Appendix C: Glossary
Agent: for the purposes of this guideline, a person who has the express, implied or ostensible authority to undertake collection activity on behalf of a creditor in circumstances where a debt has not been sold or assigned.
Assigned debt: for the purposes of this guideline, any debt which has been sold, assigned, or factored by a creditor, or for which a creditor has in any other way subrogated their rights as a creditor.
Assignee: for the purposes of this guideline, a person undertaking collection activity after the sale, assignment or factoring of a debt, or the subrogation of rights by a creditor to this person.
Authorised representative: a person such as a financial counsellor, solicitor, financial advisor, carer, trustee or guardian who has been authorised by the debtor to act on behalf of the debtor.
Bankrupt: a person who has been declared bankrupt under the provisions of the Bankruptcy Act 1966 and has not been discharged from the bankruptcy.
Debt collector: a person collecting a debt in the course of a business. It includes creditors, independent collection agencies, collections departments within businesses, debt buy-out companies, assignees, agents, lawyers, government bodies engaged in trade or commerce, and other persons117 collecting on behalf of others.
Communicate: unless otherwise specified, includes communication by telephone, mobile telephone, fax, email, letter, in writing via text message or online technology (such as social media channels), and in person.
Complaint: for the purposes of this guideline, this term is generally used for issues of collector or creditor conduct (as distinct from issues of debtor liability).
Credit listing: for the purposes of this guideline, the listing of an unpaid debt on a person’s credit report.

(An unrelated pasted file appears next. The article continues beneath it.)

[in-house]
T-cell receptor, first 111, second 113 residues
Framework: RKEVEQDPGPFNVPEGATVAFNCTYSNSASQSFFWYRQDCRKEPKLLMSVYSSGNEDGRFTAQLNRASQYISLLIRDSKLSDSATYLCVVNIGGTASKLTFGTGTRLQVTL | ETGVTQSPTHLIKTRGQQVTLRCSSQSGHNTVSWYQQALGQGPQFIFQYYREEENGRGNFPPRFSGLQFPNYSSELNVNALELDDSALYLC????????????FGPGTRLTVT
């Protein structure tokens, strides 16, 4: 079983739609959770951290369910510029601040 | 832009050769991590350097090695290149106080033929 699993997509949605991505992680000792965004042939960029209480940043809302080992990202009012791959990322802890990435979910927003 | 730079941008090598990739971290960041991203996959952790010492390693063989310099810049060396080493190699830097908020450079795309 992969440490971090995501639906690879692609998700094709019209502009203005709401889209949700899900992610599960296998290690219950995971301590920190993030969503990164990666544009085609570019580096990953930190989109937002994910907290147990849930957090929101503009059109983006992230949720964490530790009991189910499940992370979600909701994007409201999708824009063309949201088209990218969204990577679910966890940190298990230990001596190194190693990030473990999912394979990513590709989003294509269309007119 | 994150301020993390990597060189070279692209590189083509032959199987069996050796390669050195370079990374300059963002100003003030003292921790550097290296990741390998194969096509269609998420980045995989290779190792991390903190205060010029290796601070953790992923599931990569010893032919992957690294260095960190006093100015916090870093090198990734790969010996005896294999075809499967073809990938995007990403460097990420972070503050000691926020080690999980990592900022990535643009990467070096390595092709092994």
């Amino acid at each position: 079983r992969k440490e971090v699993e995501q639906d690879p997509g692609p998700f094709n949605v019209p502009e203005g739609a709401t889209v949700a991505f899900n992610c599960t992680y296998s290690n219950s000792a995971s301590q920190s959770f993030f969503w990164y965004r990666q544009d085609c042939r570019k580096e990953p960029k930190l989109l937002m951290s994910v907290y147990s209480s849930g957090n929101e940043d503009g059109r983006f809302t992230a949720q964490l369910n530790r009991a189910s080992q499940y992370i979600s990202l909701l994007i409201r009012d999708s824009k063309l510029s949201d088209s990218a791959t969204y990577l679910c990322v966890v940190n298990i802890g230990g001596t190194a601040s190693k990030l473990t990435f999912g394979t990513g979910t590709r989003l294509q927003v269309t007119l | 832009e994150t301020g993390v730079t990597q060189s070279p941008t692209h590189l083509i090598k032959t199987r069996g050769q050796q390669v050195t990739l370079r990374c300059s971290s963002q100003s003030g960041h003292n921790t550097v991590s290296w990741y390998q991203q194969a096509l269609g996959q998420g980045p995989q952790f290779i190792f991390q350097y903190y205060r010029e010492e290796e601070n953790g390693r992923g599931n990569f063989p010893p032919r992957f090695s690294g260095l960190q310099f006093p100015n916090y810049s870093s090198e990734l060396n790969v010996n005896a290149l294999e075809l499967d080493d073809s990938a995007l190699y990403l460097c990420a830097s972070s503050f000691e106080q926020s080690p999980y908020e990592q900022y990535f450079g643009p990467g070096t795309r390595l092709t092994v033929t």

Creditor: a person to whom a debt is incurred. In this guideline, the term continues to apply to the person to whom the debt is incurred despite the sale, assignment, factoring or outsourcing of the debt.
Credit report: any record or information, whether in a written, oral or other form, that:
- is being or has been prepared by a credit reporting agency
- has any bearing on an individual’s:
- eligibility to be provided with credit
- history in relation to credit, or
- capacity to repay credit
- is used, has been used or has the capacity to be used for the purpose of serving as a factor in establishing an individual’s eligibility for credit.
Debt: an amount of money owed. For the purposes of this guideline, it includes an alleged debt.
Debtor: a natural person obligated or allegedly obligated to pay a debt.
Dispute: for the purposes of this guideline, this term is generally used in relation to issues of debtor liability (as distinct from issues of collector or creditor conduct: see ‘Complaint’).
Judgment debt118: means a debt confirmed by an order or judgment of a court.
Reasonableness: is assessed according to an objective standard, taking into account all relevant circumstances.
Security interest: an interest in or a power over goods or land (whether arising by or under an instrument or transaction or arising on the execution of a warrant issued under the relevant state or territory legislation) which secures payment of a debt.
Statute-barred debt: a debt for which the debtor is entitled to claim an absolute defence to legal proceedings to collect the debt due to the passage of time (as set out in the relevant statute of limitations).119
Third party: any person other than the debtor, but does not include a debtor’s legal representative, trustee, or other authorised representative. Nor does it include a related entity of the collector.
Undue harassment: refer to Prohibition of the use of physical force, undue harassment and coercion in part 3.
117 The CCA applies to corporations and individuals when they are acting as agents of a principal that is a corporation.
118 These may go by different names in different states. For example, in Queensland, judgment debts are referred to as Money Orders.